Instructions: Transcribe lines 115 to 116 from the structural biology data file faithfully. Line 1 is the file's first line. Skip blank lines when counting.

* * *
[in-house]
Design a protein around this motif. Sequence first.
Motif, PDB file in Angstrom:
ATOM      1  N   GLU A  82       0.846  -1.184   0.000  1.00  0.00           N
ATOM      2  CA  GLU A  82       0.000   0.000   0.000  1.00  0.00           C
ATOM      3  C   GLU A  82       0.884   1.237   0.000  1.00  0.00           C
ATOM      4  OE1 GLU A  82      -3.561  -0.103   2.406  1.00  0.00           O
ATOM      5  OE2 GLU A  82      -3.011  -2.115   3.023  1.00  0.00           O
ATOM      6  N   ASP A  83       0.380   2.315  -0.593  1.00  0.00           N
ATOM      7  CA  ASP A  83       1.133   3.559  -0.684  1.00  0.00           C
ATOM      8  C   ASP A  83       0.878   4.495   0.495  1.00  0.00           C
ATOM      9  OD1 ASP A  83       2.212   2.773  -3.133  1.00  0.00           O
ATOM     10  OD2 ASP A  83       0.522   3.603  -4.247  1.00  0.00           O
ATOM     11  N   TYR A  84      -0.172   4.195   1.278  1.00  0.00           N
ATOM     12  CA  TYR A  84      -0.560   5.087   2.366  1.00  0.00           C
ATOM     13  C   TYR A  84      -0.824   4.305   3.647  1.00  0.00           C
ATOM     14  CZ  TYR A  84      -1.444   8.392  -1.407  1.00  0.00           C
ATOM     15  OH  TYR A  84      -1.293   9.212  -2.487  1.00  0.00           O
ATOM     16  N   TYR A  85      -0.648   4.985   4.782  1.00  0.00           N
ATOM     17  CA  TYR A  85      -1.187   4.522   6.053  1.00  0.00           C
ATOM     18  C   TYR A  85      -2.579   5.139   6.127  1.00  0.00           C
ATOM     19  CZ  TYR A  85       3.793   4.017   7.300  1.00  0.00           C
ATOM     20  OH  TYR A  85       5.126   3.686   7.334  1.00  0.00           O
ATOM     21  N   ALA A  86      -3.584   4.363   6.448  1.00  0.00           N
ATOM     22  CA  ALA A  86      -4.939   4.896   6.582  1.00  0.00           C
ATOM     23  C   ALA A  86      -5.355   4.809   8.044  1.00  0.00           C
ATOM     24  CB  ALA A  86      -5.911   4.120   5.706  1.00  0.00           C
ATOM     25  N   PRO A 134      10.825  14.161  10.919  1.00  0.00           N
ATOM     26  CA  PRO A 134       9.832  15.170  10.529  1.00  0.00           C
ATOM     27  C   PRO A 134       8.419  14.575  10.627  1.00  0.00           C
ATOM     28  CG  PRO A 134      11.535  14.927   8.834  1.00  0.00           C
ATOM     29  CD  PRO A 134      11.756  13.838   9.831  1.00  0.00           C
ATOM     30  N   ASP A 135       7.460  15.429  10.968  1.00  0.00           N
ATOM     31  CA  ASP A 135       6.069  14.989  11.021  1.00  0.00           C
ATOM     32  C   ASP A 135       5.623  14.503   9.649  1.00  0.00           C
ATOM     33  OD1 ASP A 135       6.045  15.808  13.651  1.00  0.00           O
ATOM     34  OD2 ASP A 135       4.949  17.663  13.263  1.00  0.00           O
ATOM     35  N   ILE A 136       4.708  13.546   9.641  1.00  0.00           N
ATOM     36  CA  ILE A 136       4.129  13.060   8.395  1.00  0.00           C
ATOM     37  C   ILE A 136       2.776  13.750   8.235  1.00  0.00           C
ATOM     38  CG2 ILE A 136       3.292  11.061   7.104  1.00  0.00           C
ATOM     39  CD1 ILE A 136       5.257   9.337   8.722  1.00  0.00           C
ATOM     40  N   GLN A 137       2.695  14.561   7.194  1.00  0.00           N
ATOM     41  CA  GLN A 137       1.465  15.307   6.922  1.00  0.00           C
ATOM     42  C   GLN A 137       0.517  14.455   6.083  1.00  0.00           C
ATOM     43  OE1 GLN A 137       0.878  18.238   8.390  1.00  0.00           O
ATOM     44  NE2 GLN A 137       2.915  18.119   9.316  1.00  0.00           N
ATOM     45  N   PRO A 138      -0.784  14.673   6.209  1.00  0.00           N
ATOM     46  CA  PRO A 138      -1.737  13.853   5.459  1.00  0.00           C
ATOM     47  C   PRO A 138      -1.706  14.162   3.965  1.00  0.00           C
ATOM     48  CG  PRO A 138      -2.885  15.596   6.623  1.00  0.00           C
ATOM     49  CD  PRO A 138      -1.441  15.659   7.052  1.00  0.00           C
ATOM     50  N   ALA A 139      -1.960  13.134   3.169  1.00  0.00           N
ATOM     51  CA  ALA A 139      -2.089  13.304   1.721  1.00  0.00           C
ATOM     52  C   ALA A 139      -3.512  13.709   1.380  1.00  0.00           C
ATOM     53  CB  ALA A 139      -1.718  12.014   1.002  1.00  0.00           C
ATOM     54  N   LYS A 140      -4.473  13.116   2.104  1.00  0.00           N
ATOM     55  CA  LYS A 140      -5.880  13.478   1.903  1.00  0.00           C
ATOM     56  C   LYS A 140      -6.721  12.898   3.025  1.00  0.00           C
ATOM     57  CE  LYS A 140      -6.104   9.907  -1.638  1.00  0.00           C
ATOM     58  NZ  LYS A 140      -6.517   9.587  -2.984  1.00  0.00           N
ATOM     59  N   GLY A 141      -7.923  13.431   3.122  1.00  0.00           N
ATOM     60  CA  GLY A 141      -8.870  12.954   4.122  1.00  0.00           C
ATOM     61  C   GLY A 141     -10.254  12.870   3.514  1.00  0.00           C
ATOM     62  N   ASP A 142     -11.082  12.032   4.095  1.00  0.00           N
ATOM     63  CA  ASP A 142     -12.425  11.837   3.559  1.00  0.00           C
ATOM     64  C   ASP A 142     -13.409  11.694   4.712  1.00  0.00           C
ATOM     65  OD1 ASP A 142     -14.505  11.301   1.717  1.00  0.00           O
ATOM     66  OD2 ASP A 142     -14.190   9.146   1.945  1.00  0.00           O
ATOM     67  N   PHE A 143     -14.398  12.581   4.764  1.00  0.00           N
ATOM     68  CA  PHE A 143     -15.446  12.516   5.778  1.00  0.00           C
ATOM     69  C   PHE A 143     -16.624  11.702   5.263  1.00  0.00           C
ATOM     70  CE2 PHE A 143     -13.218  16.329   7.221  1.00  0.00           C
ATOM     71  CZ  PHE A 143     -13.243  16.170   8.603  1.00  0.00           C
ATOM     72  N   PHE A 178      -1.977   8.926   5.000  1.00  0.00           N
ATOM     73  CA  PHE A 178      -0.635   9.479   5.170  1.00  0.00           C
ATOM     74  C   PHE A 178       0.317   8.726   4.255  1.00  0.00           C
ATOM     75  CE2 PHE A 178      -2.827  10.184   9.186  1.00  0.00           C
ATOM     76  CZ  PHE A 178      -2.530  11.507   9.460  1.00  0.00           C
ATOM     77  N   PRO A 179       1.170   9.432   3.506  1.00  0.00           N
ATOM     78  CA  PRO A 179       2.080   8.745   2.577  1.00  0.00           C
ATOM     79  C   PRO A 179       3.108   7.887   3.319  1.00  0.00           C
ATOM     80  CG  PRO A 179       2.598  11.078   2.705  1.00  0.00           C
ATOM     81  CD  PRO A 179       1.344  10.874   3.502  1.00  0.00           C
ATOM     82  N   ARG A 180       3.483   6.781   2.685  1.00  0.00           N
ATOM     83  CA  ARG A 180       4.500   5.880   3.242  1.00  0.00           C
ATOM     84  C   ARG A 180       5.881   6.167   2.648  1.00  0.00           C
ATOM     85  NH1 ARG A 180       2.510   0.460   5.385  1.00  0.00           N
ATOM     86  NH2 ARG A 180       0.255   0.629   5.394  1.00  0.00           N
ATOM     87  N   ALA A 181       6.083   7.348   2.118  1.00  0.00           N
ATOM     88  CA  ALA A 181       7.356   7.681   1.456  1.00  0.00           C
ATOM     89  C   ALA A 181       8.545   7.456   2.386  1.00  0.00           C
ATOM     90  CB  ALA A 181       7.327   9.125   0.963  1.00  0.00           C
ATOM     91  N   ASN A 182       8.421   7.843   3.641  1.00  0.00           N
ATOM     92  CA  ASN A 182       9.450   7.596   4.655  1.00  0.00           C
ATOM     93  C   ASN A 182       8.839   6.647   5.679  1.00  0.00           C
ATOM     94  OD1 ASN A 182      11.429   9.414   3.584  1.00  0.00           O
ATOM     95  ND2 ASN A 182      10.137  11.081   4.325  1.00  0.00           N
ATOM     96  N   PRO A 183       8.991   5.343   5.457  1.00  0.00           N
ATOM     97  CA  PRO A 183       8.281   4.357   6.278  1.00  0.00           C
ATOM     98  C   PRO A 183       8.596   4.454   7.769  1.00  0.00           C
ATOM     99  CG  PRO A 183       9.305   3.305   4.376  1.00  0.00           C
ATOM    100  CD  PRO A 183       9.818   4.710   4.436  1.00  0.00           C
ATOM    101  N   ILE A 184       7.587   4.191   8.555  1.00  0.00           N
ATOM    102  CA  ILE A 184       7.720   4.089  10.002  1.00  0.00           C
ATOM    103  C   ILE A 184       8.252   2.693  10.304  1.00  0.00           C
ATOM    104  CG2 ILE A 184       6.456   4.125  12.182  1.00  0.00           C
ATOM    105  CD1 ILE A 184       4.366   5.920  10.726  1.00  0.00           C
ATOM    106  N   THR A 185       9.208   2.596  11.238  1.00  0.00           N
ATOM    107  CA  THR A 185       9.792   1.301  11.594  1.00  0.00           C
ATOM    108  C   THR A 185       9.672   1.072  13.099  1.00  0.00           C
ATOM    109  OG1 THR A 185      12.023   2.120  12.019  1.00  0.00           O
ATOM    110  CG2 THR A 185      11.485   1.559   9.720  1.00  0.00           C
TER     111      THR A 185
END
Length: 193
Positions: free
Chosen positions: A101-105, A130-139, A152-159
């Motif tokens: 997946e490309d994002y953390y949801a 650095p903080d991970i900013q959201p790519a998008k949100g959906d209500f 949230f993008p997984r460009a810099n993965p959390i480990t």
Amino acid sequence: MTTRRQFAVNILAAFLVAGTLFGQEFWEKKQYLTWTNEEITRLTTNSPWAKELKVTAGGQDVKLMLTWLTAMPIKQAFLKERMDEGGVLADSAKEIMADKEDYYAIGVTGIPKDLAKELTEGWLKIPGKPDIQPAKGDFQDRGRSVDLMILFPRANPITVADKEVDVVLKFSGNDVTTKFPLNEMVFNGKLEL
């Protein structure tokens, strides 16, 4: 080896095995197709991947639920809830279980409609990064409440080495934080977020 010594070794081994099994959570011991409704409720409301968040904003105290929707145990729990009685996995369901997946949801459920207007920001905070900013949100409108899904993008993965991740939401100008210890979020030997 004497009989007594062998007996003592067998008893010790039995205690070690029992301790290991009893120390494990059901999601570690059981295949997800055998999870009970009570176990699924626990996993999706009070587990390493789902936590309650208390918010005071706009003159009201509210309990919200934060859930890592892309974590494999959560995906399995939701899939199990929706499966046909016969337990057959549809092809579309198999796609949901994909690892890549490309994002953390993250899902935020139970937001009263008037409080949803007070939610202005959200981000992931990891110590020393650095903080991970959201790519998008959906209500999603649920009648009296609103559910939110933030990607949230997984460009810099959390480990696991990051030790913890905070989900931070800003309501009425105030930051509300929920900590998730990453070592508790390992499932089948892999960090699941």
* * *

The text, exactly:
END
Length: 193